Nanomanufacturing for biological sensing applications
Author(s)Barsotti, Robert J., Jr
Massachusetts Institute of Technology. Dept. of Materials Science and Engineering.
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Over the past 10-15 years, there have been tremendous research efforts in the synthesis of nanomaterials with unique electronic properties. Much less work, however, has focused on the incorporation of the nanomaterials into electronic devices. In order for nanomaterials to have a technological impact in electronic devices, nanomanufacturing techniques must be established for the reliable and reproducible creation of devices with nanomaterials as the active component. In this thesis, the incorporation of 3-20 nm diameter ligand coated gold nanoparticles into an electronic device is studied. Ligand coated nanoparticles provide great control over their solubility and electronic properties through the choice of protecting ligand molecule. The use of an isolated nanoparticle in electronic devices presents two major difficulties which are studied in detail in this work. In order to use the electrical properties of a single particle or a few particles, insulating gaps in metallic electrodes must be fabricated with dimensions of 5-50 nm. Several methods including direct patterning with electron beam lithography, physical methods of gap formation, and electrical methods of gap formation are described, studied and evaluated for use in nanomanufacturing.(cont.) A second major challenge is the specific assembly of nanoparticles into the nanogaps. The use of chemically directed assembly to pattern particles on templates generated by Dip Pen Nanolithography is described using several different surface chemistries. An electrical based method, dielectrophoresis, is found to be better suited for assembly of particles into the gaps and the forces which affect assembly are studied in detail. Electrical characterizations of networks of 10-200 nanoparticles are studied as a function of protecting ligand molecule. Preliminary results on the use of nanomanufactured devices consisting of gold nanoparticles-oglionucleotide conjugates bridging a nano-gap for DNA sensing are presented.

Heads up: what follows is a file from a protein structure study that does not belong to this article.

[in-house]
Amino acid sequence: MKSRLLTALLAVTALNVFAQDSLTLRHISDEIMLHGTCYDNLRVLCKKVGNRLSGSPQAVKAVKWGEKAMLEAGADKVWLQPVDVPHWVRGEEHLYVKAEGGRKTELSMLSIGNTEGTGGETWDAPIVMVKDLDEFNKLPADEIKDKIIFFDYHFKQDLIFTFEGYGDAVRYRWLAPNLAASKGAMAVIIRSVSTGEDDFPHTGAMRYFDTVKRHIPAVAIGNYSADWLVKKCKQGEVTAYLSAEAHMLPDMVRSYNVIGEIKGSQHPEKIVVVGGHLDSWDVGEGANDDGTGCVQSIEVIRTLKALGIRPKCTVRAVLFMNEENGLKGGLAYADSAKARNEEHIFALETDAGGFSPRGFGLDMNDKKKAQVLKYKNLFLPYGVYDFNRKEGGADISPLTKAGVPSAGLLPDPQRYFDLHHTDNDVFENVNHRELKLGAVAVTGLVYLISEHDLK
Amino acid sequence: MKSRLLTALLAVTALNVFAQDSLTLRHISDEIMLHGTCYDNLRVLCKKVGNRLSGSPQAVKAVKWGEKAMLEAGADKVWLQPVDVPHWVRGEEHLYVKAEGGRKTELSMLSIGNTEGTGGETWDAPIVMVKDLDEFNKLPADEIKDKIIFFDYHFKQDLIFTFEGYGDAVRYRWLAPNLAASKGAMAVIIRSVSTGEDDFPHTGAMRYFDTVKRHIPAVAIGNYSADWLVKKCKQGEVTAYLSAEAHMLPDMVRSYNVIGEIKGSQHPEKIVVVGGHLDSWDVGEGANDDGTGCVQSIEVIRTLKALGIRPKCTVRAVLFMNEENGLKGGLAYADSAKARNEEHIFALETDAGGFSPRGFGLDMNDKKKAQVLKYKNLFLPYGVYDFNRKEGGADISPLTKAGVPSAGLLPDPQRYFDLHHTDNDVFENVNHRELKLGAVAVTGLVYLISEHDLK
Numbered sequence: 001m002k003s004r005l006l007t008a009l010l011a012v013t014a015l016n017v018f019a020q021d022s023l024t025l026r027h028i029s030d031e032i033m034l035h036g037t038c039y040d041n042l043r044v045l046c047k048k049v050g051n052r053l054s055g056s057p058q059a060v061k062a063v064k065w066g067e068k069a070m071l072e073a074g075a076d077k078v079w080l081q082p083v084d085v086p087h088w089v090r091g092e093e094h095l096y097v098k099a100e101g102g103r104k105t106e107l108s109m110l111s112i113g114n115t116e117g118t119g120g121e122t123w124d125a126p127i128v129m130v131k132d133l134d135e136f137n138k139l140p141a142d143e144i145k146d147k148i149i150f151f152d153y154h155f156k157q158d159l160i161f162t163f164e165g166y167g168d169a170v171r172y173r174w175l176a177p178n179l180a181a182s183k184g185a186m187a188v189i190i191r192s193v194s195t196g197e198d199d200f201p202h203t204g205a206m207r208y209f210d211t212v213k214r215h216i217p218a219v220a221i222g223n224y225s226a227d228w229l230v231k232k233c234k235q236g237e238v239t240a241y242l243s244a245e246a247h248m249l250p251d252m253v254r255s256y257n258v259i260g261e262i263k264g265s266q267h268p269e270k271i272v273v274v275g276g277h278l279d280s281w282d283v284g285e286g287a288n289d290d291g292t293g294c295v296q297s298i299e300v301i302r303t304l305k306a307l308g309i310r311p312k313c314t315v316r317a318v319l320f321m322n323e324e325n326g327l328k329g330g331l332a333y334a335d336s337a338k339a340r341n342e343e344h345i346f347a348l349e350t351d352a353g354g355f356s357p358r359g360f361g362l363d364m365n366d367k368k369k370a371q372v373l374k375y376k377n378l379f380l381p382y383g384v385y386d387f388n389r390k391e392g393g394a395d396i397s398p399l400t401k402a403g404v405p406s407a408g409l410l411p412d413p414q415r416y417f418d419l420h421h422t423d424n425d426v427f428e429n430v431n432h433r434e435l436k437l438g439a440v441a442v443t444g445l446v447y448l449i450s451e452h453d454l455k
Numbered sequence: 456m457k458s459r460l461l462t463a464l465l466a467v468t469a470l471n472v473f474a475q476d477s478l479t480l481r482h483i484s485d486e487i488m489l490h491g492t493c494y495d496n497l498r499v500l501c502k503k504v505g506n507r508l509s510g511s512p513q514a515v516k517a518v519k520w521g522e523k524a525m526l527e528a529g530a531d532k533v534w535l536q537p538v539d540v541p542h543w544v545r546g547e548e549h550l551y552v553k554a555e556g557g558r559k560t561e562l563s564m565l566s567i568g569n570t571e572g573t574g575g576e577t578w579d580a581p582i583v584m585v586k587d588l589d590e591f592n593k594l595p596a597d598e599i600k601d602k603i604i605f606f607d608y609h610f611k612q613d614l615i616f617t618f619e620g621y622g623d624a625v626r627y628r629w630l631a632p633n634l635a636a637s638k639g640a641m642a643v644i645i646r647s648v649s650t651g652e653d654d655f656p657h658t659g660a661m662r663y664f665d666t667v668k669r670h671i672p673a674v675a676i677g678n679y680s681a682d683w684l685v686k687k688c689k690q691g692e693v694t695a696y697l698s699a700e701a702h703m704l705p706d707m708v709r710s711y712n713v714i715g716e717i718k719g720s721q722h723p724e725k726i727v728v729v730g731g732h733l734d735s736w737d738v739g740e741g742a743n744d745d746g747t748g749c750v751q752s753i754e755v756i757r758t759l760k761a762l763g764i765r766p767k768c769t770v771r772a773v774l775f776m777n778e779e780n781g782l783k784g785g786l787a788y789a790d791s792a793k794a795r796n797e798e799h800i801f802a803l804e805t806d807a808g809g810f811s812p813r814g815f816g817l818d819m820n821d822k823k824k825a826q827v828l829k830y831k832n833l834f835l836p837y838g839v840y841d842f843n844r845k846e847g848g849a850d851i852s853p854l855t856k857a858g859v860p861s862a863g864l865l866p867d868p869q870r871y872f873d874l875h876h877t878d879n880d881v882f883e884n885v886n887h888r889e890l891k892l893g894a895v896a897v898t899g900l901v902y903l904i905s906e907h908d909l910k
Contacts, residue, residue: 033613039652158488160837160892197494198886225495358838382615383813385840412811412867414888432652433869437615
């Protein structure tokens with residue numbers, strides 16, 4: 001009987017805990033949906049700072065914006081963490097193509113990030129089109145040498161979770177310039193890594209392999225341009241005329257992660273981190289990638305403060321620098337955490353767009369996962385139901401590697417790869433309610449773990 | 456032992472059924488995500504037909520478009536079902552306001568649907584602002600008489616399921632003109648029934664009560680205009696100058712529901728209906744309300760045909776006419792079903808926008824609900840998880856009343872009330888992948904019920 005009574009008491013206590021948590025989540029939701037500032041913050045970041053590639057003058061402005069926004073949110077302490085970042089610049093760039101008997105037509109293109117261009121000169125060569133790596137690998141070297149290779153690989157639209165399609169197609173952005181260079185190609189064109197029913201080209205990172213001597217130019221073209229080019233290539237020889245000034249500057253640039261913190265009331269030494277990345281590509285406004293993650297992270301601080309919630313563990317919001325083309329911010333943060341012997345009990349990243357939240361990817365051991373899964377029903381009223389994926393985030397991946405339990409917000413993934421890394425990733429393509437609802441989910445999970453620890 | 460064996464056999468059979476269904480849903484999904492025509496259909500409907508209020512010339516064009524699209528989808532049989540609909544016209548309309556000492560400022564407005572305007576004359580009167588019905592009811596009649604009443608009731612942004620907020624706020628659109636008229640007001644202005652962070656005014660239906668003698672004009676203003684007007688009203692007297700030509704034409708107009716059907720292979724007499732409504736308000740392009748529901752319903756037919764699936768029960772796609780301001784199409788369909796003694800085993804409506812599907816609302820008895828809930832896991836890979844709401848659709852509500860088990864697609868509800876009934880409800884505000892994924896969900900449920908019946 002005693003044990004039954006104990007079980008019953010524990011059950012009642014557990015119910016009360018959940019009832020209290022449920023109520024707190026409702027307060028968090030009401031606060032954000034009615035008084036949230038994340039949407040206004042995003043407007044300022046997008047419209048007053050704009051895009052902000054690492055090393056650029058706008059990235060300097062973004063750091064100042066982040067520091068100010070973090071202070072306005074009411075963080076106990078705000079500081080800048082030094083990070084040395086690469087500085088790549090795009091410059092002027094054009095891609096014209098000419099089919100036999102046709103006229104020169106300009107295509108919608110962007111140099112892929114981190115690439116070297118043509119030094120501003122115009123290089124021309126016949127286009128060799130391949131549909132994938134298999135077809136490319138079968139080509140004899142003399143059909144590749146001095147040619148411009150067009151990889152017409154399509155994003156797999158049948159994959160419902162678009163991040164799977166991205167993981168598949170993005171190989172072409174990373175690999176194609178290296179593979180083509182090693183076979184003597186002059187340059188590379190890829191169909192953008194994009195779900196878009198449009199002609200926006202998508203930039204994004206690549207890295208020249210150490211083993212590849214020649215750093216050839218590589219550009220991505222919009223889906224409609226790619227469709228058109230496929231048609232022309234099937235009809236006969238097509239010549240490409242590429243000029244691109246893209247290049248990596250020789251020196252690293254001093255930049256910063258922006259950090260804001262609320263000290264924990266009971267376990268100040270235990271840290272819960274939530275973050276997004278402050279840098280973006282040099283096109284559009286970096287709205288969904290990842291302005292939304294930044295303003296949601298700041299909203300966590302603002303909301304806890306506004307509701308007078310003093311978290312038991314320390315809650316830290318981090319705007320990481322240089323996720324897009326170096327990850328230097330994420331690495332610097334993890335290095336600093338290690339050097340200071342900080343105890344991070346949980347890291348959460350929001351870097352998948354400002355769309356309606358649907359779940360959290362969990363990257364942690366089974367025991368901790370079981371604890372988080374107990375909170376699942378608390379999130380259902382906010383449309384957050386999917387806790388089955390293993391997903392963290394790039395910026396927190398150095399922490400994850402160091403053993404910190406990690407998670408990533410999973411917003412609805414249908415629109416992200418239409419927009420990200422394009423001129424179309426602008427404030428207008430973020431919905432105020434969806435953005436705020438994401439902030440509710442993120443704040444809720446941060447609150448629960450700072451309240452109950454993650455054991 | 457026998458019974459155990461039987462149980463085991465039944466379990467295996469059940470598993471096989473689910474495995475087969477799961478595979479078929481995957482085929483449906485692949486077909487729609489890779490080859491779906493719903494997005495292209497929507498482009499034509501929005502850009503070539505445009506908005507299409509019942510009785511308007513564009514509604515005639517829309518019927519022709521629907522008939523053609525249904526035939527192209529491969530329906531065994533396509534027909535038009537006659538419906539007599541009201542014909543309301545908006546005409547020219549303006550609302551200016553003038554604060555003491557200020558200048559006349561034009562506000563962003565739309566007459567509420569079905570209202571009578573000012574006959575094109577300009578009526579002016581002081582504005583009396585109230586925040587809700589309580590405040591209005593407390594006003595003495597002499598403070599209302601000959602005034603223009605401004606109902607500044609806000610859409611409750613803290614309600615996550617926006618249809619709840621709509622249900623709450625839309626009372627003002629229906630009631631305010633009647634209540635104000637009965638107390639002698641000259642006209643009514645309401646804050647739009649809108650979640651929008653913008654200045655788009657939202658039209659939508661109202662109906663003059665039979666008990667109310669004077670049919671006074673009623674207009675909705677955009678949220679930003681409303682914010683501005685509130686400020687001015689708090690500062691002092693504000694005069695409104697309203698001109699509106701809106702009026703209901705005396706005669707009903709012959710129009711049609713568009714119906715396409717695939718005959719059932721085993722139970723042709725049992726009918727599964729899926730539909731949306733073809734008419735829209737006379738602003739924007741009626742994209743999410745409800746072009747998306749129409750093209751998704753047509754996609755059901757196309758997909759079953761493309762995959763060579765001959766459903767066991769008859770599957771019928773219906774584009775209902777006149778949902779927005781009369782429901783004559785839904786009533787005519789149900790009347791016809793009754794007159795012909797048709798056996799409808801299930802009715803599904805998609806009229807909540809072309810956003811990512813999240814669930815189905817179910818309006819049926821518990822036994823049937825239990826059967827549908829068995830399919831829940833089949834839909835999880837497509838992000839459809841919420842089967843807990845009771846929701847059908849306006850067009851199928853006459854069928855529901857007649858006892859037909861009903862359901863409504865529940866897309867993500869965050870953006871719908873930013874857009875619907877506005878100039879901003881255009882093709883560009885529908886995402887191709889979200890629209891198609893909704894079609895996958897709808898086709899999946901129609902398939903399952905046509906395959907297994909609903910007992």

Thesis (Ph. D.)--Massachusetts Institute of Technology, Dept. of Materials Science and Engineering, 2007."February 2007."Includes bibliographical references (leaves 219-226).
DepartmentMassachusetts Institute of Technology. Dept. of Materials Science and Engineering.
Massachusetts Institute of Technology
Materials Science and Engineering.